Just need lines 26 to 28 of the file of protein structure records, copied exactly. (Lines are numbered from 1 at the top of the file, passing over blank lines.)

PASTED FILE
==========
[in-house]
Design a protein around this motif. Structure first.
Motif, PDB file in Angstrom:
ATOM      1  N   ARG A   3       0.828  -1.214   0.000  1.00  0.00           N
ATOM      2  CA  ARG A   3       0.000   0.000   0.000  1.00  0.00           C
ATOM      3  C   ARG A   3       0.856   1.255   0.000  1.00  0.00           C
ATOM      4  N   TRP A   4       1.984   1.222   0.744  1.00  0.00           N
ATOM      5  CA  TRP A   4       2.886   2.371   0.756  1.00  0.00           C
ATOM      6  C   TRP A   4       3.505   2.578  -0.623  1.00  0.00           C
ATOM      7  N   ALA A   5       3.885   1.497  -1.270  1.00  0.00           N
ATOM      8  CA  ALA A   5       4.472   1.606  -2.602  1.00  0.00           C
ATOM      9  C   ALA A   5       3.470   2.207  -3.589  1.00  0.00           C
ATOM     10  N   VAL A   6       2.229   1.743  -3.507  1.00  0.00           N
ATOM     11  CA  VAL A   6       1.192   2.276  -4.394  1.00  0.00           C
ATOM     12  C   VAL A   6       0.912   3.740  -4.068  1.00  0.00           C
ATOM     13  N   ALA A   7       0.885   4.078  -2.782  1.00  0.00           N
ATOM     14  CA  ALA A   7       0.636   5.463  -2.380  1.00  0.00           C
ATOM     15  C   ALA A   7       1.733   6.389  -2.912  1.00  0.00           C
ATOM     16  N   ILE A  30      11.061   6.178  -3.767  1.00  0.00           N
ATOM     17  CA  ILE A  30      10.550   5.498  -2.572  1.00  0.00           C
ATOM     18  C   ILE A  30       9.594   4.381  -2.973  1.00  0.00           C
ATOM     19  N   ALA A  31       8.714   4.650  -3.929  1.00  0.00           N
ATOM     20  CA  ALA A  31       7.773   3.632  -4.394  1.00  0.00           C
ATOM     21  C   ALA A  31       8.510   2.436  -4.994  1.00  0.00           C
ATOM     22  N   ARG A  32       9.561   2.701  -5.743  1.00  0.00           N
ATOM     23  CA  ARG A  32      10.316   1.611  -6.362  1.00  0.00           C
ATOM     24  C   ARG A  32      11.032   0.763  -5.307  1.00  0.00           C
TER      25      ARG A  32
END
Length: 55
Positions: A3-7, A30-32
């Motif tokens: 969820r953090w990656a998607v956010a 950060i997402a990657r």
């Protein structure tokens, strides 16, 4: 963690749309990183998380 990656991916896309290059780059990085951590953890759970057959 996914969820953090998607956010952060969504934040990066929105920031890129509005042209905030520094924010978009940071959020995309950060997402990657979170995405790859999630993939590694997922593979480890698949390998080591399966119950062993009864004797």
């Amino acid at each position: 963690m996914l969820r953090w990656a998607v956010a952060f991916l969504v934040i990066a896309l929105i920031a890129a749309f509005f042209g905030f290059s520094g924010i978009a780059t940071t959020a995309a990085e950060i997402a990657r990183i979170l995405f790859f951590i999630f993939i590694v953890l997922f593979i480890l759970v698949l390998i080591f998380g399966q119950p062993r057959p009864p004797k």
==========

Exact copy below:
ATOM     23  CA  ARG A  32      10.316   1.611  -6.362  1.00  0.00           C
ATOM     24  C   ARG A  32      11.032   0.763  -5.307  1.00  0.00           C
TER      25      ARG A  32